Somehow I have the uneasy feeling I'm forgetting something.

UPDATE II

Lack of time

Single target
In the case of a puzzle database like CT, a lot of problems are presented with a piece already hanging or being outnumbered. These positions are a bit unnatural, since they start in the middle of something. When you play a game, you know how the position came about. A single target has no time to escape since you have to move first. Usually there are two scenario's to complicate matters:
• Before you can take the hanging or outnumbered piece, you must first fence off a counter attack
• After you have taken the target, you have to fence off a counter attack

Duplo attack
A duplo attack has two targets which are attacked with just one move. The two targets and the attacker(s) have a complex geometrical relationship. The targets must be either unprotected or insufficient protected. Scenario's:
• The targets can escape if one of them can make a tempo move
• The targets can escape if one can protect the other while their value is equal or less than the attacker

Preliminary moves
Especially in case of a duplo attack, there are specific preliminary moves.
• The target isn't yet standing on the target square, and is forced to walk the target square
• The attacker isn't on the attacking square, and has to make one or more tempo moves to get there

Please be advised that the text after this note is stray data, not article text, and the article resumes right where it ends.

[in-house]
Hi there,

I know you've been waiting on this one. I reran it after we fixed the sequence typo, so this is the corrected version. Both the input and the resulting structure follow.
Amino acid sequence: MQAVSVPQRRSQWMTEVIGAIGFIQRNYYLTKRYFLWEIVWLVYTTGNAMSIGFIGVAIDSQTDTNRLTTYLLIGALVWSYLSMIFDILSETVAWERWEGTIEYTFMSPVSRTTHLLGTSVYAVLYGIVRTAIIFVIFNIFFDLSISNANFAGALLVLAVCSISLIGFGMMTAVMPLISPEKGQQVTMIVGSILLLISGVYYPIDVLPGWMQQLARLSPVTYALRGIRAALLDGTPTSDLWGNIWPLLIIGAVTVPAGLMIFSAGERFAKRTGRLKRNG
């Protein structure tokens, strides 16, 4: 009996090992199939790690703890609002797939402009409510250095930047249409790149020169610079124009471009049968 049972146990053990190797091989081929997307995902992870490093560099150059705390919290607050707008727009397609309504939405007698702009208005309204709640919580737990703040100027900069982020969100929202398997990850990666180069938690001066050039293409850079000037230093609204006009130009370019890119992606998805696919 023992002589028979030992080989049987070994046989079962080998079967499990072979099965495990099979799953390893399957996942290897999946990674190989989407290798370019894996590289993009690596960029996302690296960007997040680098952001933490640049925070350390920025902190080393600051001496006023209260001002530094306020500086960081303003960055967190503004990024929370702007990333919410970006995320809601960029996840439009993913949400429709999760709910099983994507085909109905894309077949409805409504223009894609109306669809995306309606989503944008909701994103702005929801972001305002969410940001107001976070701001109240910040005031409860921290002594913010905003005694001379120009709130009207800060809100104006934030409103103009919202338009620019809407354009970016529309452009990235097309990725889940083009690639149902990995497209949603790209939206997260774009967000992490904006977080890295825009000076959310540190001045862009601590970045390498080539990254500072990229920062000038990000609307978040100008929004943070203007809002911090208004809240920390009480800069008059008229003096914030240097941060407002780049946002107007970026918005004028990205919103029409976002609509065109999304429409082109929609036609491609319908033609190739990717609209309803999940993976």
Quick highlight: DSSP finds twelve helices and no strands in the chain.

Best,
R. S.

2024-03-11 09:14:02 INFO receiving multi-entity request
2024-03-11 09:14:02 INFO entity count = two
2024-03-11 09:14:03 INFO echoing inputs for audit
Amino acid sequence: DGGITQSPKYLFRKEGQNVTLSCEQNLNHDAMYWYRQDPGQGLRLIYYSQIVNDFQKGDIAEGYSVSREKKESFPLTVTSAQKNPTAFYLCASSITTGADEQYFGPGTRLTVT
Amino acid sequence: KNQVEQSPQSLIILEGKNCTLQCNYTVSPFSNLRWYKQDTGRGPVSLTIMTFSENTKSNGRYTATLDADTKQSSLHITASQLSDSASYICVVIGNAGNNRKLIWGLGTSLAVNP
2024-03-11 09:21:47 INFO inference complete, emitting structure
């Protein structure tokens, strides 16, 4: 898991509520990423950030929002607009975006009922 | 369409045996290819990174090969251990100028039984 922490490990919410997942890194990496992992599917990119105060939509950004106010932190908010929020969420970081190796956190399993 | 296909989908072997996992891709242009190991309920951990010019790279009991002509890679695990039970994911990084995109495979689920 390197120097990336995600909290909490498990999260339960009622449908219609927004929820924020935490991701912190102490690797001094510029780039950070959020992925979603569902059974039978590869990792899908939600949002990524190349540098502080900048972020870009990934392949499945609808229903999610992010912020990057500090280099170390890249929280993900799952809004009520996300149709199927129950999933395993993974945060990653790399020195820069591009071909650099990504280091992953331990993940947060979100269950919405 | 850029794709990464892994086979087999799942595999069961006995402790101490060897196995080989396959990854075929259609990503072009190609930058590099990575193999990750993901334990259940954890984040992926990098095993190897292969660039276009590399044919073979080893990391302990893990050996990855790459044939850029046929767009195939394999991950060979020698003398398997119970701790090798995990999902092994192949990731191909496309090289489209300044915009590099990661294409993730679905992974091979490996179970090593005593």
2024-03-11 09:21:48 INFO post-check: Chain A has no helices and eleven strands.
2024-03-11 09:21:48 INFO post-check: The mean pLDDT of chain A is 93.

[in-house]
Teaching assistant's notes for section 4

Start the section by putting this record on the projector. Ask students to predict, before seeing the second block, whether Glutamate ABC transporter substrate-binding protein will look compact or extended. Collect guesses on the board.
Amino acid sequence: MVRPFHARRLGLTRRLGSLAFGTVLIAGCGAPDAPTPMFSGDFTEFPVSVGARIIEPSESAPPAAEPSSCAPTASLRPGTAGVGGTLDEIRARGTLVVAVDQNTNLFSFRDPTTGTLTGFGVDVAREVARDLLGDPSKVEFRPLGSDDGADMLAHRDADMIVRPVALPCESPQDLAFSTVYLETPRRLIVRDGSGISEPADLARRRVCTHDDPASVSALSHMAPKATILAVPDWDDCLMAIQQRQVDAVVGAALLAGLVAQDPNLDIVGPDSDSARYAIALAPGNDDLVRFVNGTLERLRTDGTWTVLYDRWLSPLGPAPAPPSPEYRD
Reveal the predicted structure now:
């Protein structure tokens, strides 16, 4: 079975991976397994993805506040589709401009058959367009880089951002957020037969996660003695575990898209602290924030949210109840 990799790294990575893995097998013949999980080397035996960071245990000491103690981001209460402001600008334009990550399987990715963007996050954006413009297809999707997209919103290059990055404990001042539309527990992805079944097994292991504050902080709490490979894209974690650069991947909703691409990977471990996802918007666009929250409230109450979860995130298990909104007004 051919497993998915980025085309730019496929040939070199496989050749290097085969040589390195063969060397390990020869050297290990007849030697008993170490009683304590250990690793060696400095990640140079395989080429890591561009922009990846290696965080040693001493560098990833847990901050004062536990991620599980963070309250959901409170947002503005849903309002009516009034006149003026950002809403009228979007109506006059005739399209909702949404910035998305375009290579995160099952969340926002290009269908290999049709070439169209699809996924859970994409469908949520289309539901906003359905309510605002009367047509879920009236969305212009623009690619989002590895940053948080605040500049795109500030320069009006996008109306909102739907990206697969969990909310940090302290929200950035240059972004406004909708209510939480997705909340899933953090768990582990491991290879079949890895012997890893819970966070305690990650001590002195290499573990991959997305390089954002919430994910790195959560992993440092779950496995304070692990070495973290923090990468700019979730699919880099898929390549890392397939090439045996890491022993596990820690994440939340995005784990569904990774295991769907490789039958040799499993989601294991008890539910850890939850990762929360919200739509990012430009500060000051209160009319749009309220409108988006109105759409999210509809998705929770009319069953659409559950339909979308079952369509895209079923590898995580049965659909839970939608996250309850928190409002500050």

• The wrong target is on the target square, and by exchanging it, the right target is placed on the target square
• Lines must be opened first with tempo
• A combination of the above
Summary
A vast yet limited amount of scenario's is mapped out here. Of course the list is way too crude and bulky to be of any practical use yet. So that has to be the next step, summarizing this into a useful guide for the attention.

1. Break the line of communication of that functional piece. Interupt the protecting rays.

1. I consider that to be covered by "blocking an attacker"

2. UPDATE II in green

3. I find the update in green to be very intriguing. Cheers, Jim

4. well, these are certainly useful guidelines (guidlines are sort of "pattern", but the pattern is more like a description, but less of an geometric pattern).

I discovered that some guidlines are more useful for one piece (for instance knight) and less useful for another.